Saturday, August 25, 2012

Isaac Ensembles Shifting West; Dangerous Situation Incoming

The global model ensembles are taking a shift west, posing a danger to cities like New Orleans, that were previously not in the path of Isaac. Let's take a look.

This is the NCEP Ensembles, comprised of the GFS Ensembles. In the previous 0z suite, we saw a good consensus on Isaac hitting the Florida Panhandle. However, notice the ensemble members now more spred out. This spread appears to be favoring the west more than the east, and the 12z model suite reflected a westward shift in thinking. I'm not saying that the one member showing a Houston, Texas landfall is correct, but a westward shift is certainly something to take note of, especially on such a large scale of models and ensembles.

This is the CMC Ensemble group. These members are depicting a situation similar to that of the NCEP Ensembles, but more biased towards a MS/AL landfall. This is going along with new model thinking, and is not such a bad idea. However, there remains a considerable amount of spread among the ensembles, which can be mediocre at times, to say the best. However, this time around, the CMC ENS. may have something going for them.

Next, we have the FNMOC Ensembles. The FNMOC Ensembles are based off of the NOGAPS Model, which is from the Navy. The FNMOC ENS. are showing a much more varied, yet arguably well-composed spread, with members stretched from the Florida Panhandle to southern Texas. What I find great about this run of the FNMOC Ensembles is that it is accounting for nearly every reasonable scenario out there. Given, Isaac will likely not hit Mexico/South Texas. However, the FNMOC members are covering ground from Houston to Tallahassee, which is encompassing recent model and ensemble trends. This will be one to watch.

Lastly, the ECMWF Ensembles. Because the institute that runs the ECMWF is so strict about releasing data to the public for free, we are only able to see a mean of the ensembles, this image courtesy of Americanwx. The mean ensembles show a system making landfall in western Florida. This is a nudge to the east of ensemble thinking above, but should very well be counted in, as it was great at indicating that Isaac would be a Gulf threat.

All in all, the latest ensemble runs have been very interesting. Strangely, I am hesitant to count out any of them, for each has its own distinct trait that I find crucial in this forecast. For example, the NCEP has an ensemble group that has shifted with the models, the GEM Ensembles keep the MS/AL landfall as a consensus, and the FNMOC Ensembles account for all reasonable possibilities. This is not a common thing to see, when each group has good things going for them like this.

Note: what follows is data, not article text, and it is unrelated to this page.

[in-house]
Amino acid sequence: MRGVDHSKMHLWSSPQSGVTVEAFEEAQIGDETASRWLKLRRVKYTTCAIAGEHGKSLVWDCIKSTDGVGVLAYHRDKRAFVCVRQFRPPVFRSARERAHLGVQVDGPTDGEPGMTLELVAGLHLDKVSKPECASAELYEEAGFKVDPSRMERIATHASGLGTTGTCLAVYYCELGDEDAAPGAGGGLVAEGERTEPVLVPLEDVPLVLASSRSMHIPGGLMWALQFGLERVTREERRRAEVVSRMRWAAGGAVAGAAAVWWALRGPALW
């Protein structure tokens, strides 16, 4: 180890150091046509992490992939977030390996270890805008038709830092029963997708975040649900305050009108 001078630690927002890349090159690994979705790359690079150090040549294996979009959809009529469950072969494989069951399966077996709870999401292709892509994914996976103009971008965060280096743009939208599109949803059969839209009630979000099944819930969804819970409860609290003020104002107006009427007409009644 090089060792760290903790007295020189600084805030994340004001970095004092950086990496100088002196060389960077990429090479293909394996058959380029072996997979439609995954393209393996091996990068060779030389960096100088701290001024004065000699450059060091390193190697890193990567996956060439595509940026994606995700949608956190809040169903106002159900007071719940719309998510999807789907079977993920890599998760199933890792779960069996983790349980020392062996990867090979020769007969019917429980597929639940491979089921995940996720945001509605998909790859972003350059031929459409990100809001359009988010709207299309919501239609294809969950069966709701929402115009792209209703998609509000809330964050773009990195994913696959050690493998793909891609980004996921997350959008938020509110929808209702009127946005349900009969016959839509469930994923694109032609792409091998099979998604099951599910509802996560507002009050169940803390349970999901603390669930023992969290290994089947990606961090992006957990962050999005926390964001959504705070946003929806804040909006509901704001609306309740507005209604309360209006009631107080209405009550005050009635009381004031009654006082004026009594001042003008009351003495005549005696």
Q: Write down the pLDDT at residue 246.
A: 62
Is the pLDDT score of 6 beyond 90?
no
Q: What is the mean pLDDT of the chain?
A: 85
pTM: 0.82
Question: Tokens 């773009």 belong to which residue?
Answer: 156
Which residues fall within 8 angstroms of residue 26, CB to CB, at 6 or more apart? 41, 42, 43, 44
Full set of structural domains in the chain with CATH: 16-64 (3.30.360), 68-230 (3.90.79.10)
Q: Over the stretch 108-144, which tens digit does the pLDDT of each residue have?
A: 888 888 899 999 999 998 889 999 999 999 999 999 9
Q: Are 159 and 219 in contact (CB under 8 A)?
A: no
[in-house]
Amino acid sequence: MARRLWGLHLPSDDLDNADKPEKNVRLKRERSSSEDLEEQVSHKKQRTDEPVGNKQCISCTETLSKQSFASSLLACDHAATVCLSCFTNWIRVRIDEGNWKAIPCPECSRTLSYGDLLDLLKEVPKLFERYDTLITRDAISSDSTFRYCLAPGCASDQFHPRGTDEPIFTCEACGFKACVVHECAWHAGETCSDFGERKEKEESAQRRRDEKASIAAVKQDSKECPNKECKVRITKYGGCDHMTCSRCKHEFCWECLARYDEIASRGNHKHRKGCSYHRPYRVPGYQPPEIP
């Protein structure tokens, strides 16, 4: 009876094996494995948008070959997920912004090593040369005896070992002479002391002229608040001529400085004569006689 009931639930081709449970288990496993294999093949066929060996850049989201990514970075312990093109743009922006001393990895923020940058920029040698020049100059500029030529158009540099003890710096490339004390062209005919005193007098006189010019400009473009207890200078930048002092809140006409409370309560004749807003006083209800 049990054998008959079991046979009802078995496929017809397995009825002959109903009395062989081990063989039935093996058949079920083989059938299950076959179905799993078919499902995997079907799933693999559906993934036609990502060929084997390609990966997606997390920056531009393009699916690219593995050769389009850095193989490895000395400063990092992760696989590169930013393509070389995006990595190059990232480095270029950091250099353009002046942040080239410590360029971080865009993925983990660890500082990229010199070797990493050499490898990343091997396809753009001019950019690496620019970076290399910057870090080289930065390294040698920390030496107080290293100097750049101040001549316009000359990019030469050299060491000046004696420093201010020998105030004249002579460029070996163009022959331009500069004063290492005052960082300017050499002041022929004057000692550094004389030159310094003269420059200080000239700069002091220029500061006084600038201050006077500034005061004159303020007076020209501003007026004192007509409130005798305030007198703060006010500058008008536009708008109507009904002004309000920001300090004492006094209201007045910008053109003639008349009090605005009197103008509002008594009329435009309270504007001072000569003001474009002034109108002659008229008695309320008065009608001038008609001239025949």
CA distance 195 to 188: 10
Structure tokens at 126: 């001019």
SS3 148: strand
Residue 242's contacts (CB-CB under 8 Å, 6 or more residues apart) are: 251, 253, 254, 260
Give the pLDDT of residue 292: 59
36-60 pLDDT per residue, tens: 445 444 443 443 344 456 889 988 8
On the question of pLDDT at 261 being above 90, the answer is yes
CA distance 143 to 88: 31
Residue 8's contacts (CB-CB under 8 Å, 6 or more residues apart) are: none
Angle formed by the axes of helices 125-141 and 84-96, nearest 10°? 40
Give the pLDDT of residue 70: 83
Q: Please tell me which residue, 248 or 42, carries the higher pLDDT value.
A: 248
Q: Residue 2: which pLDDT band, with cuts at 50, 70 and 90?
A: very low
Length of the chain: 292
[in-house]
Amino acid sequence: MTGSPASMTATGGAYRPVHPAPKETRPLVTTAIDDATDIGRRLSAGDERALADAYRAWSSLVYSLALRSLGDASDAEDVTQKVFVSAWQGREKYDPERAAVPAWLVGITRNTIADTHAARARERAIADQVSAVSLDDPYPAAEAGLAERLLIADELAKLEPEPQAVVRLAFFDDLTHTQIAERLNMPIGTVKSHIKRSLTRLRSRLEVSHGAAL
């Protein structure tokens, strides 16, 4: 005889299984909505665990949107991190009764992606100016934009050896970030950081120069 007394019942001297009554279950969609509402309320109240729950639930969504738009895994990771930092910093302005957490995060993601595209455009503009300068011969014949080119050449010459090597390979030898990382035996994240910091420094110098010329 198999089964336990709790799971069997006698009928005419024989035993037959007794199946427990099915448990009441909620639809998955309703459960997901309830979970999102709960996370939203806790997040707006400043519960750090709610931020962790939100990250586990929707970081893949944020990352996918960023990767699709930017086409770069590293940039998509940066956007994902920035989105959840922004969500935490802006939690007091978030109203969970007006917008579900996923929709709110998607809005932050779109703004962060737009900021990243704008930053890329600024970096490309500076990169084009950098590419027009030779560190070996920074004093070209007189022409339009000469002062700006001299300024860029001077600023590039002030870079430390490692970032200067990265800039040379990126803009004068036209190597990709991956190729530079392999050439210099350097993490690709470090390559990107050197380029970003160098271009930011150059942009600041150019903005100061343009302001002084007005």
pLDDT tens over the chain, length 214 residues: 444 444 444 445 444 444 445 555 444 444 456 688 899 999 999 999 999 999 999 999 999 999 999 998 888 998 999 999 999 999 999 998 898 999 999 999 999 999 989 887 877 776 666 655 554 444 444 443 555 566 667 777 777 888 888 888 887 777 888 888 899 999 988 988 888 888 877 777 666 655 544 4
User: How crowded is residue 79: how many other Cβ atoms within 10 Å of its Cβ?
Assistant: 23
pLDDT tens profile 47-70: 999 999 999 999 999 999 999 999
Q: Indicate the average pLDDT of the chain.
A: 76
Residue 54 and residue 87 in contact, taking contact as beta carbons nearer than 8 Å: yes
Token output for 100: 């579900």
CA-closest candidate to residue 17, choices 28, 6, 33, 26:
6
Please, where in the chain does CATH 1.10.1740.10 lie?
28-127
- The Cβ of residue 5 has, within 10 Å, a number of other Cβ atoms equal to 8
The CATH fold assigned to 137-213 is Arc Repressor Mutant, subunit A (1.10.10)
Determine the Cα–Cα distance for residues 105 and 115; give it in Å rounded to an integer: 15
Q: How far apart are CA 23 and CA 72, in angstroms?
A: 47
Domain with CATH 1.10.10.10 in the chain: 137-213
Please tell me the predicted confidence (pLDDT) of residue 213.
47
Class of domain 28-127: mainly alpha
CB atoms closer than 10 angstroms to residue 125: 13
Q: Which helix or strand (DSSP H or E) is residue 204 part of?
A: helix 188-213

The question is, will a disturbance moving off the East Coast pick up Isaac?

I have marked the trough moving offshore and Isaac making landfall. The models seem to be having trouble assuming whether the trough influences Isaac and pulls it north, or does not influence Isaac and the hurricane goes west, more towards Louisiana, like the ensembles were beginning to say.

I will make a better calculation on this in the morning, when the ensembles should be a bit more settled than now.


Isaac Threatening Florida; Hurricane Warnings Hoisted

Watches and warnings line the northern Caribbean and eastern Gulf Coast this morning, as Isaac leaves Haiti to continue towards the Gulf of Mexico.

Hurricane warnings have been hoisted in the face of Isaac in Florida, as well as tropical storm warnings blanketing Cuba. Isaac has just moved off of Haiti and appears to be heading northwest, towards the Florida Keys and the Gulf of Mexico.
If Isaac makes landfall on Cuba, it appears to be brief, and only a slight change in storm strength would likely be observed. However, if Isaac plows into Cuba, which is unlikely, the tropical storm could have issues with keeping itself together.

The latest Advanced Dvorak Technique (ADT) placement of the center puts Isaac at about 19 N longitude and 74 W latitude. This indicates Isaac has been moving northwest in the past while, but the first NHC graphic appears to show a west-northwest tilt as of the current center.
From this viewpoint, it seems a brief landfall on Cuba is likely, but nothing major as far as going through much of the country.

The forecast from the National Hurricane Center takes Isaac on a northwest path into the Florida Keys before curving north and making landfall on the Florida Panhandle. This does appear to be a fair track, but any wobble in any direction could drastically change the outcome of the track of Isaac. I am looking for hurricane warnings to be spread out across western Florida, the Panhandle, and Mississippi's into Alabama's portions of the Gulf Coast when Isaac nears.

The spread of models appears to be wanting to take Isaac a bit further west, possibly into Alabama or the extreme western Florida Panhandle. Considering the Southern US has been launching special radiosondes at 6z and 18z to aid the models in tracking Isaac, I would expect this to be a good consensus. However, it looks like a few models remain unsure, even 24 hours out, on where Isaac will be.

Intensity forecasts are also very scattered, but seem to have an idea of Category 1 hurricane strength in the next 3-4 days, before making landfall and weakening and possibly degenerating into an extratropical low. After that, some models project Isaac will shoot out to sea.

Storm surge is a big concern. The NHC is projecting that there is anywhere from a 0-30% chance of storm surge levels reaching 5 feet in Florida. The values appear to be so low because of no clear model consensus, but this remains a threat either way. Such a large storm has the potential to produce a very large storm surge area, possibly well inland of western Florida.